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  • Weight training can help stop Alzheimer's disease

    Author: AAP

Weight training can help ward off Alzheimer's disease by making the brain stronger, according to new research.

Weight or resistance training not only strengthens your muscles but your brain and could help prevent Alzheimer's disease, according to new research.

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A recent trial led by the University of Sydney in collaboration with the Centre for Healthy Brain Ageing at UNSW and the Univeristy of Adelaide found increased muscle strength led to improved brain function in adults with Mild Cognitive Impairment (MCI).

Mild Cognitive Impairment defines people who have noticeably reduced cognitive abilities such as reduced memory but are still able to live independently, and it is a precursor to Alzheimer's disease.

It's not the first study to show such exercise helps cognitive function, but it is the first to show that the amount of improvement MCI patients made was very much dependent on the strength gains they got from the training, said lead author Yorgi Mavros.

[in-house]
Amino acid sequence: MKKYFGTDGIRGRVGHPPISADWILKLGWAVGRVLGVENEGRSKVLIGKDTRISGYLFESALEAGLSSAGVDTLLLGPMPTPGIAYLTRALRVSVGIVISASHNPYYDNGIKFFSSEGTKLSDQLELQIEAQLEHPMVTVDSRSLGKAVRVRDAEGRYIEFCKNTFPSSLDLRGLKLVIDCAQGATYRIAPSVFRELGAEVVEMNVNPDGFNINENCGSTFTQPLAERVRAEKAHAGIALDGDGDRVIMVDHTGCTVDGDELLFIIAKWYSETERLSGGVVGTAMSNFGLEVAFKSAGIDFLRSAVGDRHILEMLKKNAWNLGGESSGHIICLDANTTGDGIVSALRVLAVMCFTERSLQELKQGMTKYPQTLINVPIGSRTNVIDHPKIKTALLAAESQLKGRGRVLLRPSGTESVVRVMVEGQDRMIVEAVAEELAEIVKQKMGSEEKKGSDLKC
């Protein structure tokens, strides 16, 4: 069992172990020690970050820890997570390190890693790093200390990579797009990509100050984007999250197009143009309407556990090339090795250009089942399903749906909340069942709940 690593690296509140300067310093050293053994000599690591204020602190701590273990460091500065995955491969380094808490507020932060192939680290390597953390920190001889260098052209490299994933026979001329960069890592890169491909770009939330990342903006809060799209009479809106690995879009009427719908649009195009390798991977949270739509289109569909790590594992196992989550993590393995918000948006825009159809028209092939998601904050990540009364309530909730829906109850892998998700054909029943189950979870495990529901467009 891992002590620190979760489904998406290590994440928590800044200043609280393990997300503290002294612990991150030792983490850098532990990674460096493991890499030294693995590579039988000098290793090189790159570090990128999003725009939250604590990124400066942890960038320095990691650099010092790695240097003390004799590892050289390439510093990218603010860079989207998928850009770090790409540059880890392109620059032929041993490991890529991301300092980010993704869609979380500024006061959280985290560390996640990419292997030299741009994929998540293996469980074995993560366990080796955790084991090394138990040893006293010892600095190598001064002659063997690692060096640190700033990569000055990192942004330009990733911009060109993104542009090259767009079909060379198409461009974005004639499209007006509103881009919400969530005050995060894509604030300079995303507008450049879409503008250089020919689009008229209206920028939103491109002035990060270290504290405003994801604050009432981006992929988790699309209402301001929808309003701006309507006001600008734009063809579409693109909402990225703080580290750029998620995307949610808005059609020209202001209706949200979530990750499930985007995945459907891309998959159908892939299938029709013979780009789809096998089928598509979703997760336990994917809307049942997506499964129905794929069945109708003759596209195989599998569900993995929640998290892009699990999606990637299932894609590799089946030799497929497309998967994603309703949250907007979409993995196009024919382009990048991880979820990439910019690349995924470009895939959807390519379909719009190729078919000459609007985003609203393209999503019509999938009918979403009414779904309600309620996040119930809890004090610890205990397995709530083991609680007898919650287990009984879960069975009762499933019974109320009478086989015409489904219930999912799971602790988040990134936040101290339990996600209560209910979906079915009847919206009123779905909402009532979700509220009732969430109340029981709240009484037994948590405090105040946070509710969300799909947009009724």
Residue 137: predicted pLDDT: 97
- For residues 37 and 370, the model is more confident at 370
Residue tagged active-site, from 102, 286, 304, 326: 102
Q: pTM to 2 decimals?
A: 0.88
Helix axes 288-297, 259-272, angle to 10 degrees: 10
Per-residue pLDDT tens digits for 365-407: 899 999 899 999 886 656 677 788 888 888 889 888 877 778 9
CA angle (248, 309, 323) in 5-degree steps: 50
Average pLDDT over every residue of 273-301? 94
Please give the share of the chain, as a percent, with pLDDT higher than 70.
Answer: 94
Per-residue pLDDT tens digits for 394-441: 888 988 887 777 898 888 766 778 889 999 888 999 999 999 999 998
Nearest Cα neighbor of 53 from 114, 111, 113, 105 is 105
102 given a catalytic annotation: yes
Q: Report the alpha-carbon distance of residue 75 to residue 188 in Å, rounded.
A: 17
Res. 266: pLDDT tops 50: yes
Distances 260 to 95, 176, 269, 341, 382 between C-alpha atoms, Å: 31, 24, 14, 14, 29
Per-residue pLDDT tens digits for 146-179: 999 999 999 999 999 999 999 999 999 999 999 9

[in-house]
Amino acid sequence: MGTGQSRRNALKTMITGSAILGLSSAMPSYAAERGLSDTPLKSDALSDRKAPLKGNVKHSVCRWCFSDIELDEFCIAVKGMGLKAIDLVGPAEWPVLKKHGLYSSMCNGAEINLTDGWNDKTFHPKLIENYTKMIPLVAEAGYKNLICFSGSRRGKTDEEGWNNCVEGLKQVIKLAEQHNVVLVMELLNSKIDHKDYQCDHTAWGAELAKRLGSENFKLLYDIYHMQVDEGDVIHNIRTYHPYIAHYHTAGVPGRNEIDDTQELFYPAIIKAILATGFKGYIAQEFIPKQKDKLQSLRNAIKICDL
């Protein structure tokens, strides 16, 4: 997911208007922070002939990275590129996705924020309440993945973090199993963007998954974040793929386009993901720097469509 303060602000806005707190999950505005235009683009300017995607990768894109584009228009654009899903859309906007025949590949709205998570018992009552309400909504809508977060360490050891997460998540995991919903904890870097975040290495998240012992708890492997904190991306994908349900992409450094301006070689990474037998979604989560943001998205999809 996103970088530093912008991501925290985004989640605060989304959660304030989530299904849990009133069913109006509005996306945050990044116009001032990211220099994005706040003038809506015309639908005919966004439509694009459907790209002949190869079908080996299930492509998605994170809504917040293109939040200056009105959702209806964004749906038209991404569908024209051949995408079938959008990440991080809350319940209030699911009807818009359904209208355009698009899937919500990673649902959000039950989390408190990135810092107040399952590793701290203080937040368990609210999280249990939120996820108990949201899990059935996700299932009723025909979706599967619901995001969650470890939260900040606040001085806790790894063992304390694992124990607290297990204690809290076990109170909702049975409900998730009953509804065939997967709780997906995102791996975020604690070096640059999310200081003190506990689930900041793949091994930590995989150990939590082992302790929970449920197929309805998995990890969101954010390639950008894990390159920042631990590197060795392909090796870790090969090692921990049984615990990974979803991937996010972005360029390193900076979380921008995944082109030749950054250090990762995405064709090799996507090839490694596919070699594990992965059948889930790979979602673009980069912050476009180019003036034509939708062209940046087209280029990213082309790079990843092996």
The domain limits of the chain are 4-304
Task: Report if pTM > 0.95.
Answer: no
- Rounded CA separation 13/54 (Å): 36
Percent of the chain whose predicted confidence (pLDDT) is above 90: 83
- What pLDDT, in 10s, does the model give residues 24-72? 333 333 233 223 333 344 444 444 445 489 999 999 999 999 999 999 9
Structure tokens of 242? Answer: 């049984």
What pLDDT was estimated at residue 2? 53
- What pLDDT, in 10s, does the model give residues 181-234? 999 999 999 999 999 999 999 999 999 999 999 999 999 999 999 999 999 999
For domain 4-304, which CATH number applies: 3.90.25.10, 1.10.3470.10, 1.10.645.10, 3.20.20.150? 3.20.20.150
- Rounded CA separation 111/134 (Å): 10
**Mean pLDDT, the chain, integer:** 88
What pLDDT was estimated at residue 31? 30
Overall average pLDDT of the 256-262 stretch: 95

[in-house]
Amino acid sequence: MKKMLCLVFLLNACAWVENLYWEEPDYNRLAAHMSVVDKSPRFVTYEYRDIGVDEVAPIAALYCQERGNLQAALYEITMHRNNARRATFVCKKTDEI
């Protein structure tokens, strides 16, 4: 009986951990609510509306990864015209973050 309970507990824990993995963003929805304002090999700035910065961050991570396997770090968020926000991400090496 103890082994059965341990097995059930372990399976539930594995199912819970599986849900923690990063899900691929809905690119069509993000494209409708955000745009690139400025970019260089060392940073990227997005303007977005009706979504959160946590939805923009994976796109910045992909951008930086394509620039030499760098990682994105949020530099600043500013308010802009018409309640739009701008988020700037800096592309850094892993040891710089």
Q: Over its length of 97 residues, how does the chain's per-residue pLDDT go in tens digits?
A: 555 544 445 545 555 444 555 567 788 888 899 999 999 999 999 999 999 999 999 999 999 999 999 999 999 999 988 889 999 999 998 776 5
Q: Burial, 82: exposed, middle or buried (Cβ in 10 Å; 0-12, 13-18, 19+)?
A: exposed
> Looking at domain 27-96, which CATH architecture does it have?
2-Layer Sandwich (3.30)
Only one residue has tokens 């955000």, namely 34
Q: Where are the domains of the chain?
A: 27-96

Bascially, the stronger people became, the greater the benefit for their brain.

"To get the most benefit for the brain you need to be exercising at a high intensity to maximise your strength gains," Dr Mavros added.

The trial, which was part of a wider study into cognitive function and resistance training, involved 100 adults with MCI, aged between 55 and 86.

They were divided into four groups: those doing resistance exercise and computerised cognitive training; resistance exercise and a placebo computerised training (watching nature videos); brain training and a placebo exercise program or placebo physical exercise and placebo cognitive training.

Participants prescribed the resistance training performed weight-lifting sessions twice a week for six months, working at least 80 per cent of their peak strength.

As they got stronger, the amount of weight they lifted was increased.

The results of the trial, published in the Journal of American Geriatrics, showed overall cognition improved significantly after resistance training, as measured by tests including the Alzheimer's disease Assessment Scale for cognition.

The cognitive training and placebo activities did not have this benefit.

MRI scans have also showed that a particular part of the brain got thicker and bigger as a result of the strength training, said Dr Mavros.

The results are particularly good news for those older patients with arthritis who find walking or jogging painful.

"Something like strength training is a bit more accessible to these people because quite often you're seated and the exercises are modifiable to work around some of the pain you might be getting," Dr Mavros said.


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